The business pages of the past month alone tell a bleak story: Papyrus will shut all its Canadian stores; athleticwear retailer Bench will do the same. After 50 years, Mega Bloks is closing its 580-person factory in Montreal. Bombardier is being dismantled in front of our eyes. And analysts anticipate worse losses to come.

As the economic landscape has changed, so too has the political. In every provincial election since 2018, the winner has been a conservative or centre-right government. This trend has led many to conclude that the electorate has shifted to the right.

That thinking is mistaken. Instead, what we have seen is a shift toward populism.

Conventional wisdom has taken hold that says these impressive provincial majority victories represent an endorsement of a right-wing agenda.

But the proof is in the polling and it suggests otherwise. A December 2019 poll found 69 per cent of Ontarians disapproved of Premier Doug Ford, while 50 per cent had a negative view of Alberta Premier Jason Kenney. Trouble came for both when they began to pursue right-wing, fiscally conservative policies.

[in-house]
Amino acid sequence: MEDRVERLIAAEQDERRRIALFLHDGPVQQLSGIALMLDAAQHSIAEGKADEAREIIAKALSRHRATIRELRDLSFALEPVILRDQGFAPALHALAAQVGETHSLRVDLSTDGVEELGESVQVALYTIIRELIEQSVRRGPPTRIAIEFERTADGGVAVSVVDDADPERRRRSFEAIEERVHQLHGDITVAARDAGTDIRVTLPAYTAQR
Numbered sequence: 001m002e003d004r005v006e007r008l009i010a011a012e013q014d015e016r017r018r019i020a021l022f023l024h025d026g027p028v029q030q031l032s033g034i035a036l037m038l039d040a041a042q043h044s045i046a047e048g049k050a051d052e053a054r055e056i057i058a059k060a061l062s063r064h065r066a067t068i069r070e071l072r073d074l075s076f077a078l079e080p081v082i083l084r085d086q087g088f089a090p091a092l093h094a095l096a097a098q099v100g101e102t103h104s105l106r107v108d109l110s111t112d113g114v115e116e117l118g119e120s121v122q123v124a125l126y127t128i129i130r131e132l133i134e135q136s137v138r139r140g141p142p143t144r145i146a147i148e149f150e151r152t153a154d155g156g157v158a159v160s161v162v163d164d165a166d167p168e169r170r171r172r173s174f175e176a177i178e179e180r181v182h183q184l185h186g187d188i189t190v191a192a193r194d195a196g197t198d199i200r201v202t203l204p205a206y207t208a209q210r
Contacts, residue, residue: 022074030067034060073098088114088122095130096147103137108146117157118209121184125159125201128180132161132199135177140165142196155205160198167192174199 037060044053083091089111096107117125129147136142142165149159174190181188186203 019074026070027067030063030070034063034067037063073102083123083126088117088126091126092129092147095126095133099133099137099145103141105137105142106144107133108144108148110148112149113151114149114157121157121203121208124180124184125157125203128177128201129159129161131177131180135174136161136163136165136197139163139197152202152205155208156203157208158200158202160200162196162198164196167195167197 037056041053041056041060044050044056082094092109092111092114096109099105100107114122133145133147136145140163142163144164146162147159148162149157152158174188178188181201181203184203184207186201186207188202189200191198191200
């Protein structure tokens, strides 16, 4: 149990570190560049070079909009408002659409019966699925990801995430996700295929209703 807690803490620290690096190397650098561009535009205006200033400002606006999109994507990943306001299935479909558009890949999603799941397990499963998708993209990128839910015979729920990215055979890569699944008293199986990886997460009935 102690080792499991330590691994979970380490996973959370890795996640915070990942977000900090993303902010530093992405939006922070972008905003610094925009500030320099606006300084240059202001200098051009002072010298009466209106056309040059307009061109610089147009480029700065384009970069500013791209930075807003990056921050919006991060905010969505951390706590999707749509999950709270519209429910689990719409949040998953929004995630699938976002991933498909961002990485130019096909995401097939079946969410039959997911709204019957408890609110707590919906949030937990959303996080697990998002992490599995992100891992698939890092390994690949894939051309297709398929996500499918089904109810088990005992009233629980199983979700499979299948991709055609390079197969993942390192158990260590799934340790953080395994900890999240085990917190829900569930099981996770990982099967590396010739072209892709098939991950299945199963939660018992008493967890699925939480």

In contrast, Quebec Premier François Legault did not suffer the same fate. He has tied his political fortunes to Bill 21, a brazenly populist piece of legislation that also happens to be supported by nine out of ten Quebecers.

Circumstances have driven Canadians to become increasingly focused on themselves and their pocketbooks. Who can blame them? It is difficult to be generous to those who come after you, if you are faring worse than those who came before you.

It’s not that Canadians have given up on grand projects of social cohesion or nation-building. It’s simply that they feel they cannot afford them. So rather than elect Kenney to get spending under control at Alberta Health Services, he was elected to build a pipeline and deliver the jobs that would come with it.

In Ontario, voters turned to Doug Ford because of an affordability crisis, expecting him to deal with unsustainable increases to the cost of living, from hydro prices to gas prices to taxes.